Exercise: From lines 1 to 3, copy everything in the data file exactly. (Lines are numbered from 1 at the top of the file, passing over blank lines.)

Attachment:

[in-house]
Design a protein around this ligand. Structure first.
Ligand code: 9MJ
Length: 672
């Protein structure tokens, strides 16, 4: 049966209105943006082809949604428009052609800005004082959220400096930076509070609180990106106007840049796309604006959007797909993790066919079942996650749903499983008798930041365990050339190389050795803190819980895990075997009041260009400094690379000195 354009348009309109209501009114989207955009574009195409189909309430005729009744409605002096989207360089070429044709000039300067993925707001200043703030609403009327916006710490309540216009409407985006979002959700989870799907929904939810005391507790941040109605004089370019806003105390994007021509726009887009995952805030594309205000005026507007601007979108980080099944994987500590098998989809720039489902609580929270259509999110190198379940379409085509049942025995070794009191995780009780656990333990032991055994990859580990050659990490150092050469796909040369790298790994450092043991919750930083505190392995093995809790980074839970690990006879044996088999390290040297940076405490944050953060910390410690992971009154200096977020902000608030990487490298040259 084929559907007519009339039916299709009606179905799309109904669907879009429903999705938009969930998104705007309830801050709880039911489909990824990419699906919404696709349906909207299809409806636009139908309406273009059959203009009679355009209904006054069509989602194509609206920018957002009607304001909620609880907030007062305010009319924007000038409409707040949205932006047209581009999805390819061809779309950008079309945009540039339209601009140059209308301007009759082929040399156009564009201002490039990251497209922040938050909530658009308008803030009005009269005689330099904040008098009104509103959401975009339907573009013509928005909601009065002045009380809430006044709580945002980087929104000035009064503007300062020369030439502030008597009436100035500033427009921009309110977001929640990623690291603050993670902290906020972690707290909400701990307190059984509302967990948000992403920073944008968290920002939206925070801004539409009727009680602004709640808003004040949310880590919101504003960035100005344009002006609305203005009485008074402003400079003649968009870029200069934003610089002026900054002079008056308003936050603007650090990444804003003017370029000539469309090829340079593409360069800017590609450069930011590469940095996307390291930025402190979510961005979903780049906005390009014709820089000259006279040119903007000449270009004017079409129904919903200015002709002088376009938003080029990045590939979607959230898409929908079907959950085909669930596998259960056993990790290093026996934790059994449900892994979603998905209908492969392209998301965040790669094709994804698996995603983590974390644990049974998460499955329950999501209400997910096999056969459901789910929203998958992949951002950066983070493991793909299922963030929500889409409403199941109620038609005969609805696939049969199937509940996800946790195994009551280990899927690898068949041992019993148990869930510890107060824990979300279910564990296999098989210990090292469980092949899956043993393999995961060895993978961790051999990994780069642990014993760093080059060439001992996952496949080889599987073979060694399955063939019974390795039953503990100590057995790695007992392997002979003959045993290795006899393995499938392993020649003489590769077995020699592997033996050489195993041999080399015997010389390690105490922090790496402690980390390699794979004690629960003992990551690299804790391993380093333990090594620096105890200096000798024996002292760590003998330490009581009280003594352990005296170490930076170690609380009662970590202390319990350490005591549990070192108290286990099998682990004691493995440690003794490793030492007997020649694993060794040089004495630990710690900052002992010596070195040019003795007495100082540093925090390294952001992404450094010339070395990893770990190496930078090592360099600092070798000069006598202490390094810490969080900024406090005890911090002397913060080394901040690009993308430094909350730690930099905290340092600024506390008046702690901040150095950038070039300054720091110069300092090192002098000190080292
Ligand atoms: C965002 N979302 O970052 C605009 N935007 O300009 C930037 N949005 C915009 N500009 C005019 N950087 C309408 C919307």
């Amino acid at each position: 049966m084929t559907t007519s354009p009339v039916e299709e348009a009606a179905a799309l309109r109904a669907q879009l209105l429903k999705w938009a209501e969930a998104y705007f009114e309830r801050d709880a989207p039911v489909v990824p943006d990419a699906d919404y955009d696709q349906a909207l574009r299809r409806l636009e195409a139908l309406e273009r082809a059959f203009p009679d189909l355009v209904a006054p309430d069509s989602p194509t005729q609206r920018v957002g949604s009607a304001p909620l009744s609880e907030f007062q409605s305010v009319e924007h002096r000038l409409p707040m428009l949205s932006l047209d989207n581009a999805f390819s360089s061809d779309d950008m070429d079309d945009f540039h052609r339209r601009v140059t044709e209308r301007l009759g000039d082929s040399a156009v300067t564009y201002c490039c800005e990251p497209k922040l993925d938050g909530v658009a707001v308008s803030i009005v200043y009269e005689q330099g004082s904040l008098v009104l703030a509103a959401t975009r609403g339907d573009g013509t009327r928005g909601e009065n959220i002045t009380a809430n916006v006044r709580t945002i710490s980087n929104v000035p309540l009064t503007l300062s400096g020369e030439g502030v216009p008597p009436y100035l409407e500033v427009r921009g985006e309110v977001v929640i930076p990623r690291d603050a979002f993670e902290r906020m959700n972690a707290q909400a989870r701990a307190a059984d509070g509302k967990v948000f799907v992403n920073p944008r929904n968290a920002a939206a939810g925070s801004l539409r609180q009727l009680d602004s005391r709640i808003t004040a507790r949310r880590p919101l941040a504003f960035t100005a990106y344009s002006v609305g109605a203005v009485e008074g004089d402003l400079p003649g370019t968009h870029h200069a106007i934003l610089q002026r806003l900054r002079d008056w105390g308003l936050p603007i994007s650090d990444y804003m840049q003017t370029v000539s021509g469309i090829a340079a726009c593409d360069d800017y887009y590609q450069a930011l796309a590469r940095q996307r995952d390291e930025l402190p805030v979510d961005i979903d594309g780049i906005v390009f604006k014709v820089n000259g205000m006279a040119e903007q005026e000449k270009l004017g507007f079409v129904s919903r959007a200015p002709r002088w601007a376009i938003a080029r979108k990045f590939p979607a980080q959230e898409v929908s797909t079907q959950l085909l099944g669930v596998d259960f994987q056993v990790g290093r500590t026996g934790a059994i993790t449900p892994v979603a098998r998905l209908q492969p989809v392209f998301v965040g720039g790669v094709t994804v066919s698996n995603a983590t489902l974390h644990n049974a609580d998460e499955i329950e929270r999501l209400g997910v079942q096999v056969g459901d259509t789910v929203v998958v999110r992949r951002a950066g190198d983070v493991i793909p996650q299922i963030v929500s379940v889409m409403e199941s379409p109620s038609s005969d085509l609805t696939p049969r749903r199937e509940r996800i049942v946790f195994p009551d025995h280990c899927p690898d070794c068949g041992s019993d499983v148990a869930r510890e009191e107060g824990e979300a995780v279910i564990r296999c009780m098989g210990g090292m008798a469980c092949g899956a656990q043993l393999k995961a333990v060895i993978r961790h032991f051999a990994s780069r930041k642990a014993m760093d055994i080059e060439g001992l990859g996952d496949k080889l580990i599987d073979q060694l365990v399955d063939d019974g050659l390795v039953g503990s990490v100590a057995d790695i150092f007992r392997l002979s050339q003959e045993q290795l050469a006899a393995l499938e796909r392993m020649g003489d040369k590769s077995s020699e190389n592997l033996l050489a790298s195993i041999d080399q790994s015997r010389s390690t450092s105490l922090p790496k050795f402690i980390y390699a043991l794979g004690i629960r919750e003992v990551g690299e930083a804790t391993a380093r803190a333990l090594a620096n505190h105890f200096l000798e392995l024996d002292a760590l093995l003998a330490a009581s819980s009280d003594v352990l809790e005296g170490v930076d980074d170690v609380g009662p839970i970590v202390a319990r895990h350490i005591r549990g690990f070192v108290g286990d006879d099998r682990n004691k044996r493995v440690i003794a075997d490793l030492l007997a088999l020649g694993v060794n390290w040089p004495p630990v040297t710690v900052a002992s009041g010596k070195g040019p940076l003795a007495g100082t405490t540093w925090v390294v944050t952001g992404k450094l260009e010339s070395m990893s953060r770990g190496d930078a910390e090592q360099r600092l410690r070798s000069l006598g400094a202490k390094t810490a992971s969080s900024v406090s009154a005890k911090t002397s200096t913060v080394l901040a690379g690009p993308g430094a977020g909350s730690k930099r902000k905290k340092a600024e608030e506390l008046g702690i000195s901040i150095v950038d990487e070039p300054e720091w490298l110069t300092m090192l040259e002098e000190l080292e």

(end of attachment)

[in-house]
Design a protein around this ligand. Structure first.
Ligand code: 9MJ